Hello, darlings! Today I am super excited to share with you my thoughts on Lobizona by Romina Garber! I quite enjoyed this one, and I hope you do too!Lobizona by Romina Garber
Series: Wolves of No World #1
Published by Wednesday Books on August 4, 2020
Source:Copy provided by publisher for review, via Netgalley
Some people ARE illegal.
Lobizonas do NOT exist.
Both of these statements are false.
Manuela Azul has been crammed into an existence that feels too small for her. As an undocumented immigrant who's on the run from her father's Argentine crime-family, Manu is confined to a small apartment and a small life in Miami, Florida.
Until Manu's protective bubble is shattered.
Her surrogate grandmother is attacked, lifelong lies are exposed, and her mother is arrested by ICE. Without a home, without answers, and finally without shackles, Manu investigates the only clue she has about her past--a mysterious "Z" emblem—which leads her to a secret world buried within our own. A world connected to her dead father and his criminal past. A world straight out of Argentine folklore, where the seventh consecutive daughter is born a bruja and the seventh consecutive son is a lobizón, a werewolf. A world where her unusual eyes allow her to belong.
As Manu uncovers her own story and traces her real heritage all the way back to a cursed city in Argentina, she learns it's not just her U.S. residency that's illegal. . . .it's her entire existence.
My turn for two statements about this book that are true:
- I don’t usually get along so well with contemporary fantasy, yet I loved this book.
- This book will make you so mad, but in a really important way.
So with that said, and because I have no real complaints about it, let’s dive into the great stuff!
What I Loved:
- Manu has to deal with not being allowed to exist in either our world or the magical realm. Here’s the part that will (and should, and needs to) infuriate you. Manu is a human being, and should have to explain and justify her existence to no one. Yet in both worlds she finds herself hiding, trying to escape those who’d find her actual life to be illegal. I have so much rage that I want to spill out, but I suppose that would turn this into more of an essay than a book review, so I will just say this: Manu belongs. Everyone belongs, and no one is “illegal”, because a person cannot be illegal. It’s positively infuriating, but the author does such a phenomenal job in the juxtaposition of the two worlds being so different, yet in some truly terrible ways, very similar.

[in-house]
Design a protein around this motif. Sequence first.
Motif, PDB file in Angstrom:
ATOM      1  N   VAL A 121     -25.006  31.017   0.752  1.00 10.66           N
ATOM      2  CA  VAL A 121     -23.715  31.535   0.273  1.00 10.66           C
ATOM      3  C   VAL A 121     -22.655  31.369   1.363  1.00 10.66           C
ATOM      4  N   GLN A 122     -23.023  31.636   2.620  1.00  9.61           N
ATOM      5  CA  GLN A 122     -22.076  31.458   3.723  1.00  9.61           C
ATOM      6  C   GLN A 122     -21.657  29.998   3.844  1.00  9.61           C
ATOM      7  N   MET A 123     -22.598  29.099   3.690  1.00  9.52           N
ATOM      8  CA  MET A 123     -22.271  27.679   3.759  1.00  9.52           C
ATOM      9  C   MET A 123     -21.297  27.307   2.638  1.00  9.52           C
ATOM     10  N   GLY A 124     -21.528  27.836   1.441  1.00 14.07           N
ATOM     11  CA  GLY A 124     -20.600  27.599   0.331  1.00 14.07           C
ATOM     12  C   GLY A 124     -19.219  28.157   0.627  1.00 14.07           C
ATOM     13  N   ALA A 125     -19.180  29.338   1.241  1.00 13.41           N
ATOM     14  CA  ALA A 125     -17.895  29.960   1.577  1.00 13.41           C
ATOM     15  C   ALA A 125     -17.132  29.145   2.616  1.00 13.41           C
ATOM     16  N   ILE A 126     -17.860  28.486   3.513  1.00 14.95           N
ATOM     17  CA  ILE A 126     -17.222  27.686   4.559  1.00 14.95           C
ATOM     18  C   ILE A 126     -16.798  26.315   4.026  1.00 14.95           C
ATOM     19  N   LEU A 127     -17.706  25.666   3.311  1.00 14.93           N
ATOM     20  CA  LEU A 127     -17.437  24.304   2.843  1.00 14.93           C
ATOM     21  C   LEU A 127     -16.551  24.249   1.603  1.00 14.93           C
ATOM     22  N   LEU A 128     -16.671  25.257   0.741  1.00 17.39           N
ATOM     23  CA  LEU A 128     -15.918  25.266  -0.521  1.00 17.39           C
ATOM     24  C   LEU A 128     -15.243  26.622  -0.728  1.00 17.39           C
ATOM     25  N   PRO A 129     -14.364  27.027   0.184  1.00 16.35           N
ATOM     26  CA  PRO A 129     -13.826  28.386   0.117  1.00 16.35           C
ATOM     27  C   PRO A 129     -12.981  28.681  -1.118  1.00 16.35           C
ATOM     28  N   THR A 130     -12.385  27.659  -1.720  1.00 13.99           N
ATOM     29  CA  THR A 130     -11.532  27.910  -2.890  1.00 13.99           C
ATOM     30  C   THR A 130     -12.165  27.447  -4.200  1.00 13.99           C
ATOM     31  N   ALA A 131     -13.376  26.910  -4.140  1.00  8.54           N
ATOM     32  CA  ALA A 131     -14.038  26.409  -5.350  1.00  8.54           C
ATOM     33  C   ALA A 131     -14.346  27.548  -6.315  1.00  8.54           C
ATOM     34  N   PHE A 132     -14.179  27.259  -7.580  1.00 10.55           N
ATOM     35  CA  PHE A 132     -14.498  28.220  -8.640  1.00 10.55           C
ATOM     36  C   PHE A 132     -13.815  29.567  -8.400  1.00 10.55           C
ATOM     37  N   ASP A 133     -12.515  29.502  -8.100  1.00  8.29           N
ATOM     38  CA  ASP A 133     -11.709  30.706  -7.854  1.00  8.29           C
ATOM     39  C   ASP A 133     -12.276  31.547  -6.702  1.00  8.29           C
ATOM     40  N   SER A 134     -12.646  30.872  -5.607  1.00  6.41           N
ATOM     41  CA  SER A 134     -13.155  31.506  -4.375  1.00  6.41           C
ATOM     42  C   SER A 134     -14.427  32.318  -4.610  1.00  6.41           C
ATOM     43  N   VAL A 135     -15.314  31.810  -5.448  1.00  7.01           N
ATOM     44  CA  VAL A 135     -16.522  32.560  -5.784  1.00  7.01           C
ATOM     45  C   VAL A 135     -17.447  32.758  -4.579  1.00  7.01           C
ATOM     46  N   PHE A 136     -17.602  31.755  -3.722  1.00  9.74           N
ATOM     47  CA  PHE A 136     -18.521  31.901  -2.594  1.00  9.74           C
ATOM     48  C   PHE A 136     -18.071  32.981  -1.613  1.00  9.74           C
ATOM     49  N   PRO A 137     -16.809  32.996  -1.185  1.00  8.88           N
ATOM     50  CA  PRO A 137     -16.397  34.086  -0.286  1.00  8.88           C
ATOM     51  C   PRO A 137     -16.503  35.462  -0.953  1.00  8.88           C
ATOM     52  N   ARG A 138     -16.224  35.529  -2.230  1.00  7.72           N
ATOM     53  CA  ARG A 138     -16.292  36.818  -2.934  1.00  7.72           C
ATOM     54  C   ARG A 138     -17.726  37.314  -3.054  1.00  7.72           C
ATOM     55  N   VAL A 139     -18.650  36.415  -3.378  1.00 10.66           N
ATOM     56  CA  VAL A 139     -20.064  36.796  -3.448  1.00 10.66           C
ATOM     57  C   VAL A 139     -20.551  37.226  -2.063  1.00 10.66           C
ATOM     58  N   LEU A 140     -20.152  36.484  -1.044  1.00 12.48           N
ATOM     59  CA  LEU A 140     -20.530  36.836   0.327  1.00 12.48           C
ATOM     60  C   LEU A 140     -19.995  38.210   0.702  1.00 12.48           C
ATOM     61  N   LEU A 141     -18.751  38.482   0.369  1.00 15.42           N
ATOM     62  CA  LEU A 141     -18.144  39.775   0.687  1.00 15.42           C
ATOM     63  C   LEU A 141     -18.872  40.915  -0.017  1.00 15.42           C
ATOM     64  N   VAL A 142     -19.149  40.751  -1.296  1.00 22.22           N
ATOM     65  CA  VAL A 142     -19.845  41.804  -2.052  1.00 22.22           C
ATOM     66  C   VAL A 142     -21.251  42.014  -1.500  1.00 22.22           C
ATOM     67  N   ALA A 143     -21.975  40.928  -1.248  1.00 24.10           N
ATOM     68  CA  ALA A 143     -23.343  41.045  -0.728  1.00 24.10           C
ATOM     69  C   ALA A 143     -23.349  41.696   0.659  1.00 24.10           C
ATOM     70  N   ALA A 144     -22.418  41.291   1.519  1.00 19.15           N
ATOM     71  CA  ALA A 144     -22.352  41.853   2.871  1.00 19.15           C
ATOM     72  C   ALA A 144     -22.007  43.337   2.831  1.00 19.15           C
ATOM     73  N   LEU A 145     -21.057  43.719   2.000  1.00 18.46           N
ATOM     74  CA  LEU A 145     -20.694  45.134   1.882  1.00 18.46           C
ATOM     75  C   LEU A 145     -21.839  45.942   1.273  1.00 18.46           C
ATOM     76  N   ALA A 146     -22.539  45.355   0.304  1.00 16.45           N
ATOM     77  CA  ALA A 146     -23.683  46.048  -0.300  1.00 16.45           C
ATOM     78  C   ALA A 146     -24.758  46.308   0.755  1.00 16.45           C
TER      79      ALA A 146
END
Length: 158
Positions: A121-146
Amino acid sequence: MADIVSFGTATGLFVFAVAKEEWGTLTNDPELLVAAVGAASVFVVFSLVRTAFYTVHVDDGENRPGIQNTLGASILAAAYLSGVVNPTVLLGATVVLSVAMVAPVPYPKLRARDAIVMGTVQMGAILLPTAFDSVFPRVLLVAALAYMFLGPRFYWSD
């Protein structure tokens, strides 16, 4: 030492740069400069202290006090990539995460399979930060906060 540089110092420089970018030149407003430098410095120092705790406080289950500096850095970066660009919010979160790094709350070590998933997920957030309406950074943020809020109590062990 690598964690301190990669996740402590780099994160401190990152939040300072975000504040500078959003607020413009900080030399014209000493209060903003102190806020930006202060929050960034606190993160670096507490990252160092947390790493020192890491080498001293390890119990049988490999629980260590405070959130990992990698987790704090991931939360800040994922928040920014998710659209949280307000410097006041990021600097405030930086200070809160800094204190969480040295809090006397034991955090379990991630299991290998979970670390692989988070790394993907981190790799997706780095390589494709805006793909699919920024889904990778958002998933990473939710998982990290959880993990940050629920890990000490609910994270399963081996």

- Manu’s family had my heart from the first page. Her mom would basically move heaven and earth to keep Manu safe. Manu isn’t even totally sure from what or who at the start, but that there are threats from both ICE, and her father’s Argentinian family they had initially run from. Perla is the surrogate grandmother who took Manu and her mom in when they arrived in the U.S., and has been keeping them safe ever since. Also, she is just a strong and loving women who I was so grateful Manu had to confide in and talk with.
- The people Manu meets in the alt-world are wonderful. I mean, obviously there are some bad eggs here too, but as a whole, I was so glad that Manu finally found some people who were willing to accept her for exactly who she was. I don’t want to get into it too much because it’s such a lovely part of the story, but trust that she will find her place.
- Manu grows so much! Obviously, she has to make some huge choices at the start of the book (and throughout) that will really test her as a person. She also has to decide how willing she is to push current norms and boundaries, which is no easy task, especially for a young woman who has spent most of her life hidden away. As such, Manu really begins to discover who she is when she confronts all the worst things she’s feared.
- The Argentinian folklore is incredible! This story is unlike any I have read before, and I just adored it! I felt like I was so immersed in the world, that it was so well crafted, and the atmosphere was incredibly on point!
- The author had such a clever way for translating Spanish. Manu would sometimes translate phrases from Spanish to English in her narration, and she explained it for the reader:
“Whenever Ma is upset with me, I have a habit of translating her words into English without processing them. I asked Perla about it to see if it’s a common bilingual thing, and she said it’s probably my way of keeping Ma’s anger at a distance; if I can deconstruct her words into language—something detached that can be studied and dissected—I can strip them of their charge.”
- In addition to the obvious discussion about immigration, there is discussion of sexism and LGBTQIA+ rights. Even in the magical realm, some of these harmful issues were still very, very present.
Bottom Line: Very thoughtful, with a wonderful main character who had to go through a lot, Lobizona left a big impression on me. I will be eagerly awaiting its sequel!